Near the sprawling Bois de Boulogne public park in western Paris, a white van belonging to a trans sex worker has been completely wrecked. The bed is torn apart, the bumpers shattered and trash dumped on the ground around the vehicle. “This really pisses me off,” fumes Samantha as she surveys the damage to the van.

Samantha is a sex worker and employee of the Bus des Femmes – an organisation that works to provide sex workers in the area with a range of welfare services. She considers herself an expert on the Bois de Boulogne – where, in April of 2018, trans sex worker Vanessa Campos, 36, was killed while trying to protect a colleague from being robbed.

“You’re looking at a kind of intersectionality with these girls; the combined stigmas of being trans, a sex worker and an immigrant,” Françoise Gill, the president of Bus de femmes, later explains to me.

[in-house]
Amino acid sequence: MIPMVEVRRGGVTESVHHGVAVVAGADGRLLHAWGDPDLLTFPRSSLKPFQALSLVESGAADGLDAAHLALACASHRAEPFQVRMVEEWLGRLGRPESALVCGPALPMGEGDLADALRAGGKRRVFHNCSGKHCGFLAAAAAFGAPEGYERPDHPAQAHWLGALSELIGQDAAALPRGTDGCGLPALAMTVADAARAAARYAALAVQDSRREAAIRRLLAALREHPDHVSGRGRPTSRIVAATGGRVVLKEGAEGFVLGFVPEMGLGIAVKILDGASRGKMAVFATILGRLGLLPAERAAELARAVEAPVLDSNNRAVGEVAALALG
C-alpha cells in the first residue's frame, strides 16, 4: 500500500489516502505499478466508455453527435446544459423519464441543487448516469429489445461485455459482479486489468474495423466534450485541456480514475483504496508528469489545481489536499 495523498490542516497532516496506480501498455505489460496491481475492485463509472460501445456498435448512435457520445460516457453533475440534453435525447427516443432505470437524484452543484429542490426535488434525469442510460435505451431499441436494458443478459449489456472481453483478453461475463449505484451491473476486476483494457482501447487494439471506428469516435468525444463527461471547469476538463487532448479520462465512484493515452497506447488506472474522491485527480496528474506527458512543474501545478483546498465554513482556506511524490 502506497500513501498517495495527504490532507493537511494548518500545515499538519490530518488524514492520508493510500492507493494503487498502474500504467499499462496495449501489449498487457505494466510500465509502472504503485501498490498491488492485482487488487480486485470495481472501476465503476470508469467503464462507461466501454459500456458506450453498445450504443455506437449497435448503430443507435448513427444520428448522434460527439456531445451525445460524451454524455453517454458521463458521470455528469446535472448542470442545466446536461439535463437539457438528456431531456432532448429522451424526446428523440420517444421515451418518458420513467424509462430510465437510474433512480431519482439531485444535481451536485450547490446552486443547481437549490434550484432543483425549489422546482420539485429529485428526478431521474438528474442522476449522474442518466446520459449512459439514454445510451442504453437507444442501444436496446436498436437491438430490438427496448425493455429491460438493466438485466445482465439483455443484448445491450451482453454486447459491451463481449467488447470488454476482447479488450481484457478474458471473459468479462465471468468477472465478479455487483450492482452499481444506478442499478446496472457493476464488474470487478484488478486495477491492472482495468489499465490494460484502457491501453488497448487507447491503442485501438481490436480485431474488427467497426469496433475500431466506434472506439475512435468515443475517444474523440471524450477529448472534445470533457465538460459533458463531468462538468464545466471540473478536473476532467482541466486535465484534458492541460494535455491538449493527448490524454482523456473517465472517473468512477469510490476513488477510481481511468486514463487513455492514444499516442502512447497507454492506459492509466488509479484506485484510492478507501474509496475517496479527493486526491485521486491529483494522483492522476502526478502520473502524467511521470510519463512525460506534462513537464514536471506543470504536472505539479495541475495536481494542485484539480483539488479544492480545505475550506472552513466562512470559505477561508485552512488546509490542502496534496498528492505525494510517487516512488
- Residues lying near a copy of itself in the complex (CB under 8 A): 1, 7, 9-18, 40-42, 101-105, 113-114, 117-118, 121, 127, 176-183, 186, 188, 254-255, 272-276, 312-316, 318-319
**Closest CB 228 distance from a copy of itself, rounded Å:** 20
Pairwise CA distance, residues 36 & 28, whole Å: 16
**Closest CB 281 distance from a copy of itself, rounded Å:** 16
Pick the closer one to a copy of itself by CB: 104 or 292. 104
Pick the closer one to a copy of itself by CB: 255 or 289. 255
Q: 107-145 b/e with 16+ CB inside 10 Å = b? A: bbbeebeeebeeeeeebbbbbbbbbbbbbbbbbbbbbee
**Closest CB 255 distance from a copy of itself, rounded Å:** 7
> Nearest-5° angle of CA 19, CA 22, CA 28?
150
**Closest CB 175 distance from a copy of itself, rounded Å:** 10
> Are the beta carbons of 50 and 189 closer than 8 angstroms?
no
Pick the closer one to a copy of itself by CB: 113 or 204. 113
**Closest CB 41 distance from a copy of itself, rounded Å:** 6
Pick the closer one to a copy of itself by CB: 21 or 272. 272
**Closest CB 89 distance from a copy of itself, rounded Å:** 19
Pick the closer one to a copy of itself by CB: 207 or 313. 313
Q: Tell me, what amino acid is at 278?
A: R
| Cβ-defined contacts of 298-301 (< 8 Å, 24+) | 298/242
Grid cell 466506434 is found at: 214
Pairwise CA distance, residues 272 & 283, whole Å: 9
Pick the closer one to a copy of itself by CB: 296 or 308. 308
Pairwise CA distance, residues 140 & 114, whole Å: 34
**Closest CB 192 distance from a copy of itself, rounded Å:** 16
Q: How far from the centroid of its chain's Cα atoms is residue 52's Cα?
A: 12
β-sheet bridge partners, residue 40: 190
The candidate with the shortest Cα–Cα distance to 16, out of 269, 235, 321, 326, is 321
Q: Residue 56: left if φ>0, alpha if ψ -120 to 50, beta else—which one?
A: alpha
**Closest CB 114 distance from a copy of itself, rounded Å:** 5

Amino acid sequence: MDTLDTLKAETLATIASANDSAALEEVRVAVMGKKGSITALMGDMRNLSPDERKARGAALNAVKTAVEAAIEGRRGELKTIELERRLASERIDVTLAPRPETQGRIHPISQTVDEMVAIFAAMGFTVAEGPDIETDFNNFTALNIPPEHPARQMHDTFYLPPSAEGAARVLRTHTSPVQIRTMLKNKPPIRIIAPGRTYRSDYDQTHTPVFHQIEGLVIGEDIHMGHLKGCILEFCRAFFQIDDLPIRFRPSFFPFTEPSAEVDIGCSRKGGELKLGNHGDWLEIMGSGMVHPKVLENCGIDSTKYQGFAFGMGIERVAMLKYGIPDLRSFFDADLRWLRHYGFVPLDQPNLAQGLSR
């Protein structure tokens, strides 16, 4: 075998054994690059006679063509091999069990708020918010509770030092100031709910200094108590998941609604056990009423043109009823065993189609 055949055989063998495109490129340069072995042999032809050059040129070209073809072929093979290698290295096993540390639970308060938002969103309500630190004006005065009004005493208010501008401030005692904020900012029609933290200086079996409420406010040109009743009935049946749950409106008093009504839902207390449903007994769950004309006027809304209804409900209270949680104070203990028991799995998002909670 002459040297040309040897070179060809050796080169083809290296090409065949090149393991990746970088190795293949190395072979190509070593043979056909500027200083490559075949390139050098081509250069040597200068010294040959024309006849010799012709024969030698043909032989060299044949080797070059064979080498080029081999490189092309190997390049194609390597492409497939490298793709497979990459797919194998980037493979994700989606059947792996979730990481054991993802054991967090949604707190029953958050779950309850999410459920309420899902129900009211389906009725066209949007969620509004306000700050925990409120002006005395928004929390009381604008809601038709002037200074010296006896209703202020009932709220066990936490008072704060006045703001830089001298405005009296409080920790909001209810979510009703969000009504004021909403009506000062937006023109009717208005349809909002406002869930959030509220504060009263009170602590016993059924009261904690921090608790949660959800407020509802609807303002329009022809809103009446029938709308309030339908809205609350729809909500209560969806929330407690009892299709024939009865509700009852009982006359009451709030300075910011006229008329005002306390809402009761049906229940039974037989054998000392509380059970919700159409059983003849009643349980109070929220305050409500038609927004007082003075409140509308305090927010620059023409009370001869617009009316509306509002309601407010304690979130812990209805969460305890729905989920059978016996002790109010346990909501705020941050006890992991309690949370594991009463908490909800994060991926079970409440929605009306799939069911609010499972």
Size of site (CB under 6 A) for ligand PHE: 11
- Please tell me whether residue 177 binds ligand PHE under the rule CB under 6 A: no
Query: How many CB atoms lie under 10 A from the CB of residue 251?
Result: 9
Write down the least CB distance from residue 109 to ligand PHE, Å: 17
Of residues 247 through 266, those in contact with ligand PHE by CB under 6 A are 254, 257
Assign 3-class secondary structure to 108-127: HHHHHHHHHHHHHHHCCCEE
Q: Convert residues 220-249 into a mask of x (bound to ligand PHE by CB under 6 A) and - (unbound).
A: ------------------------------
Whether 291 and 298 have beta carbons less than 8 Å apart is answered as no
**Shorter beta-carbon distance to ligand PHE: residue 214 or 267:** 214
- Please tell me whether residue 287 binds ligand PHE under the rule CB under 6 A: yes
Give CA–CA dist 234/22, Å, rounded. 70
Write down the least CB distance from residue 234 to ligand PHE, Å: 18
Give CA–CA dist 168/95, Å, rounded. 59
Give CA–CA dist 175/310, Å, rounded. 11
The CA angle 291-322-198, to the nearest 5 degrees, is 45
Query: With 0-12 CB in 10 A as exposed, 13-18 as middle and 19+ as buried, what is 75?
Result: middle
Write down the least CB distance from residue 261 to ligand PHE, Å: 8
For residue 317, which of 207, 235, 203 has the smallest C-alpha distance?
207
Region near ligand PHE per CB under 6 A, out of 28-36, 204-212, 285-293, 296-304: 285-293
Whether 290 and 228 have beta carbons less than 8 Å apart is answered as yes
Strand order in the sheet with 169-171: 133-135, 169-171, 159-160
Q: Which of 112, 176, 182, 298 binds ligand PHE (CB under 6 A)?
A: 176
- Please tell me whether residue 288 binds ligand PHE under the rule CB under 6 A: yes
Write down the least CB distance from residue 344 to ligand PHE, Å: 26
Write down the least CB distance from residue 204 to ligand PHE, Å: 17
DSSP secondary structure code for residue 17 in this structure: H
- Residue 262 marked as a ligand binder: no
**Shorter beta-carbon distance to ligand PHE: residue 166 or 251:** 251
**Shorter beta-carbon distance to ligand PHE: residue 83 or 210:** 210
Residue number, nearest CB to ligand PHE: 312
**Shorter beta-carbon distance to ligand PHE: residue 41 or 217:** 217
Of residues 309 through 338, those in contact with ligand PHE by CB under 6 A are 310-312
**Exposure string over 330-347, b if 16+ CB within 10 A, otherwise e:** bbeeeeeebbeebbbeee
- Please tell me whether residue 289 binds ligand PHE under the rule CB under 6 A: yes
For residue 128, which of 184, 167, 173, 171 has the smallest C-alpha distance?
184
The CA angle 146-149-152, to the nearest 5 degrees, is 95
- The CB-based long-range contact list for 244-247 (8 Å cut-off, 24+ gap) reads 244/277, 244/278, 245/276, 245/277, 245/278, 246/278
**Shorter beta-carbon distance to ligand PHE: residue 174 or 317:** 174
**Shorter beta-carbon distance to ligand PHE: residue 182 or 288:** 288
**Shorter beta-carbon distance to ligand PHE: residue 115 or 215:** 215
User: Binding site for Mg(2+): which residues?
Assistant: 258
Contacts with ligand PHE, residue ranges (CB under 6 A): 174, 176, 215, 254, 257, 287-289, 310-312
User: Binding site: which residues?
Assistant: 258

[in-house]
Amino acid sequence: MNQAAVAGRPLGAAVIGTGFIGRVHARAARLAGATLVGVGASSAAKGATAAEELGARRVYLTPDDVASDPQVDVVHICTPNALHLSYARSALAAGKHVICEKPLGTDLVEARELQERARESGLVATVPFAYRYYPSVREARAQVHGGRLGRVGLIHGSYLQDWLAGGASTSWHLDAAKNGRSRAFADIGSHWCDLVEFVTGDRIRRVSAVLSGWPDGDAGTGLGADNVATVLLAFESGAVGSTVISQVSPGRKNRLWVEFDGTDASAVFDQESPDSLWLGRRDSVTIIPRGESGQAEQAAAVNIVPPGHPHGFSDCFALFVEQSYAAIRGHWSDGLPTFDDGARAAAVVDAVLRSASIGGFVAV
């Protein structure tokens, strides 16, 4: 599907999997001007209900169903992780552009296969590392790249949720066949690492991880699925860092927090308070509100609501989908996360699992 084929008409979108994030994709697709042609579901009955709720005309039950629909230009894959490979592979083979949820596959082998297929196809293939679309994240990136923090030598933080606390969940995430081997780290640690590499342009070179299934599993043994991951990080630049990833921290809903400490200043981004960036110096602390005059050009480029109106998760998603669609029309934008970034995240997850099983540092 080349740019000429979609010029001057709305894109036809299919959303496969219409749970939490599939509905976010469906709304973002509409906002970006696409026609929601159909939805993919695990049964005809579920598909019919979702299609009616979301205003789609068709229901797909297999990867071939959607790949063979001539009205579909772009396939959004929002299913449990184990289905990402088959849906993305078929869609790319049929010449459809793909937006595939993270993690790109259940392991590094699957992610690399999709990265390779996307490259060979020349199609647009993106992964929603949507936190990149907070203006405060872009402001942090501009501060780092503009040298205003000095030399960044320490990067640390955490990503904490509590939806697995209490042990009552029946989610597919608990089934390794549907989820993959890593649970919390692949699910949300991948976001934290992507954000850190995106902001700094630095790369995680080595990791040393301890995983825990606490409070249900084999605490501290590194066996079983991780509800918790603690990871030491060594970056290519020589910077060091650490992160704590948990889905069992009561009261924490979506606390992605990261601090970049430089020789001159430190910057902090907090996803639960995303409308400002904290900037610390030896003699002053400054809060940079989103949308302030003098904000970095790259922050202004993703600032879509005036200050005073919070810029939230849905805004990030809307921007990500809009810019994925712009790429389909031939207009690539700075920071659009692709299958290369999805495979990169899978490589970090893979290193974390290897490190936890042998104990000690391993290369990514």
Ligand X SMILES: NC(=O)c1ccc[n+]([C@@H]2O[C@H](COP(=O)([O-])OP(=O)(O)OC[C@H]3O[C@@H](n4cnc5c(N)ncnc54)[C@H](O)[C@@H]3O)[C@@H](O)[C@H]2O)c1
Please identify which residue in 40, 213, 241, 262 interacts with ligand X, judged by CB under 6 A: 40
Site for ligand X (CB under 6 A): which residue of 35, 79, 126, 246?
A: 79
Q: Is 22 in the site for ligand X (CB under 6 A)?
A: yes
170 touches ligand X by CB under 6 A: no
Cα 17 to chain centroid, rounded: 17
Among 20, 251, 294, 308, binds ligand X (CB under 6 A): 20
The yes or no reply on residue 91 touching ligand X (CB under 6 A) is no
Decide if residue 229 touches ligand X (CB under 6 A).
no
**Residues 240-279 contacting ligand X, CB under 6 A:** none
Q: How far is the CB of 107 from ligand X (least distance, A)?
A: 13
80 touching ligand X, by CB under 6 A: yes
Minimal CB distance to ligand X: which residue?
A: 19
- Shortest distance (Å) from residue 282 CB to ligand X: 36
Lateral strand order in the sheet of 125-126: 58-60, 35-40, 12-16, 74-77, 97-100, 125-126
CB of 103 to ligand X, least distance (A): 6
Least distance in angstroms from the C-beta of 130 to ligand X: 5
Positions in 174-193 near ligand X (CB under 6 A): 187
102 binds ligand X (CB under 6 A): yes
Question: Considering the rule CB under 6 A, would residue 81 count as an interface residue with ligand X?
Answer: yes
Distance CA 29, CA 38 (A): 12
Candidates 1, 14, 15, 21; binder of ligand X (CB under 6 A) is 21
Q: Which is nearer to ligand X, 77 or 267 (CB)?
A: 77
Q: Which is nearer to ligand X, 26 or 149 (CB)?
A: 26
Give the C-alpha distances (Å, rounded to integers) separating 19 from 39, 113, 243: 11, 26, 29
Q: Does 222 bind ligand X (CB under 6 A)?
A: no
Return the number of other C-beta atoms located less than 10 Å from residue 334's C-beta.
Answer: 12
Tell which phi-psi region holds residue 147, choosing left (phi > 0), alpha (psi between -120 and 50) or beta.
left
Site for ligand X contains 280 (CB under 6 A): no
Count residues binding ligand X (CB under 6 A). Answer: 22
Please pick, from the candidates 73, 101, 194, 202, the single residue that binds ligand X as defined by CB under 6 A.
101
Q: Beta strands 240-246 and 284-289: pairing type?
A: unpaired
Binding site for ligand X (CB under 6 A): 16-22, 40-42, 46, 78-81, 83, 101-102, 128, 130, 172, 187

Samantha is on her weekly rounds to check in on the area’s sex worker community – a group that has felt considerably less safe since the French government introduced a €1,500 (£1,350) fine in 2016 for anyone caught paying for sex. Even though prostitution is legal in France, the fine was partly intended as a deterrent. But instead of working as planned, clients now regularly ask the women for sex in secluded areas to avoid the police. In a Médecins du Monde survey conducted with nearly 600 sex workers in France, 63 percent said they have seen their working conditions deteriorate, while 42 percent said they have experienced more violence since the law change.

Read the full article:

How Trans Sex Workers in Paris are coming together to stay safe by Manon Walquan and Edouard Richards

Jan. 11th, 2019